"By blocking this piece of legislation, our country is more in danger of an attack," Bush said of the House's presumption. "By not giving the professionals the tools they need, it's going to be a lot harder to do the job we need to be able to defend America."

The temporary provisions are set to expire at midnight tonight, but Democrats argued that the basic law will remain in effect and that the president wittingly manufactured the confrontation by threatening to veto a short-term extension that was intended to permit the Senate and House time to deliberate responsibly on revising FISA permanently. "He knows that the underlying 'intelligence' law and the power given to him in the Protect America Act give him sufficient authority to do all of the surveillance and collecting that he needs to do in order to protect the American people," House Speaker Nancy Pelosi told The New York Times on Thursday.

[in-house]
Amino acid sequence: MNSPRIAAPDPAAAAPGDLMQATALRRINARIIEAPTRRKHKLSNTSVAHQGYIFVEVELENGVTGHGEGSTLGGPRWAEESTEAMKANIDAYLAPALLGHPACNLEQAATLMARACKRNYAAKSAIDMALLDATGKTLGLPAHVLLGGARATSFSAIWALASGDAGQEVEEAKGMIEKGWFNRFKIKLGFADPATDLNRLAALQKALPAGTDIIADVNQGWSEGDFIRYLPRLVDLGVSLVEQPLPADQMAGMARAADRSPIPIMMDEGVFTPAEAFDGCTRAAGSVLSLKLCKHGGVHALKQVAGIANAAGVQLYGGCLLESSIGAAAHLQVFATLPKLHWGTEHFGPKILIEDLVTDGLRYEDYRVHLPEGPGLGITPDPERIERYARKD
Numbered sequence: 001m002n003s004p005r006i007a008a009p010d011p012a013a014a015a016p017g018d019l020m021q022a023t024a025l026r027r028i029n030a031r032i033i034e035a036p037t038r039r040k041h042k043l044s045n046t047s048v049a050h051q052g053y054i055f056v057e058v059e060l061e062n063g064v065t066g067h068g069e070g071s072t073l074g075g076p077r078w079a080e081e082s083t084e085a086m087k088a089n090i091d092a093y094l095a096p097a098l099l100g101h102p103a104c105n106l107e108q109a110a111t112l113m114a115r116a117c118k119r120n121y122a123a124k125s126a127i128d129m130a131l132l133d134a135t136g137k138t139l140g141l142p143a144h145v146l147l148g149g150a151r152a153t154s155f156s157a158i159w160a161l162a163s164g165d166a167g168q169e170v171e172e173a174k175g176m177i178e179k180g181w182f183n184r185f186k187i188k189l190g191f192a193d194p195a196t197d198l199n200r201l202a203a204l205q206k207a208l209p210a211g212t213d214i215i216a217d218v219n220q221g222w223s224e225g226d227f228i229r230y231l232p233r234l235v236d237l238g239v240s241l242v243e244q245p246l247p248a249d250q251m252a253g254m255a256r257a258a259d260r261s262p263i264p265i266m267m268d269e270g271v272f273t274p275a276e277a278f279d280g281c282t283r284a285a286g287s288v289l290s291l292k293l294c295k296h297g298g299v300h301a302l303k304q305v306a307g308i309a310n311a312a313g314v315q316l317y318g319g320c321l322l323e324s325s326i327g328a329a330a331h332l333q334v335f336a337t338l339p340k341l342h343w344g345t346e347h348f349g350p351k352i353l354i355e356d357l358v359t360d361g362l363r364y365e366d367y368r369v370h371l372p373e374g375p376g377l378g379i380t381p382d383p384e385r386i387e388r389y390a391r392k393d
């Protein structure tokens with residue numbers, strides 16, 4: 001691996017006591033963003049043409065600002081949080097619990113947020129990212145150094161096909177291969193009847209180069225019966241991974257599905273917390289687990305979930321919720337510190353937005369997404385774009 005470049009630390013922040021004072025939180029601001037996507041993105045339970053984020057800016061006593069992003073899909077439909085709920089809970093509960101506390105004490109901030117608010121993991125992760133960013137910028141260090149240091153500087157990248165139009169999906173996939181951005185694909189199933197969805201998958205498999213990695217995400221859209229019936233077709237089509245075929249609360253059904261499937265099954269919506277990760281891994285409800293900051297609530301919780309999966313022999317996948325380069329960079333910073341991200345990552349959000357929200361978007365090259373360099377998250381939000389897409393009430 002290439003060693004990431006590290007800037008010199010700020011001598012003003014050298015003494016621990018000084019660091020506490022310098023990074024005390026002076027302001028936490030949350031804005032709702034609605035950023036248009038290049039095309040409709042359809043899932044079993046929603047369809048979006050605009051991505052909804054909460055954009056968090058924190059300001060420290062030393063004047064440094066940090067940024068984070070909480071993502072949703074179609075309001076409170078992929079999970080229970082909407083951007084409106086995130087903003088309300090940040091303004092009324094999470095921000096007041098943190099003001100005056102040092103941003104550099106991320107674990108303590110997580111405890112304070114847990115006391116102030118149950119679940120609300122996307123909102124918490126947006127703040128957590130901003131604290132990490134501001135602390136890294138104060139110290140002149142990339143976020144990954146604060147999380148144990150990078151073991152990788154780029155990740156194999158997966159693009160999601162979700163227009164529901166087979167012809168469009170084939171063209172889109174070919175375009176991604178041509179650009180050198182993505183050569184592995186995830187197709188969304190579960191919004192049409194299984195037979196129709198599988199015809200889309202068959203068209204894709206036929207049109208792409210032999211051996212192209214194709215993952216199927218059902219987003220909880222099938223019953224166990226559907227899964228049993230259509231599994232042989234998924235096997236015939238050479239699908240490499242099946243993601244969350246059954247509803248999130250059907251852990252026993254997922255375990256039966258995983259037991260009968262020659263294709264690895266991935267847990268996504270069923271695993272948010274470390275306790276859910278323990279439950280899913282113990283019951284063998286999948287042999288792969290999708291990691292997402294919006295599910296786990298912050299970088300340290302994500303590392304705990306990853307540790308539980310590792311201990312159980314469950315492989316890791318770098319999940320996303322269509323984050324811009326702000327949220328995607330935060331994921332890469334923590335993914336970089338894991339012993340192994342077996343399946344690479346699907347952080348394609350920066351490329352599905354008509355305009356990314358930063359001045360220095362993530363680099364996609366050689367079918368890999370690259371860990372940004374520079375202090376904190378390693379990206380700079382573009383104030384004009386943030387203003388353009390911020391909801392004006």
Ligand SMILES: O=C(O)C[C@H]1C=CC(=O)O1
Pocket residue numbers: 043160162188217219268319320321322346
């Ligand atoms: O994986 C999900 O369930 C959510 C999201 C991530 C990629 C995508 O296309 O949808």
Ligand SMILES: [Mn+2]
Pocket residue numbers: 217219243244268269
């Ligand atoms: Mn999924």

In response to Bush's accusation that Democrats are imperiling the nation's security, House Majority Leader Steny Hoyer accused the president of "fear mongering."

"After refusing to extend current law, the president repeated today his untenable and irresponsible claim that our national security will be jeopardized unless the House immediately rubber-stamps a Senate bill," Hoyer said. "In fact, a wide range of national security experts has made clear that the president and the intelligence community have all the tools they need to protect our nation."

"This is not about protecting Americans," added Illinois Rep. Rahm Emanuel, head of the House Democratic Caucus, on Friday. "The president just wants to protect American telephone companies."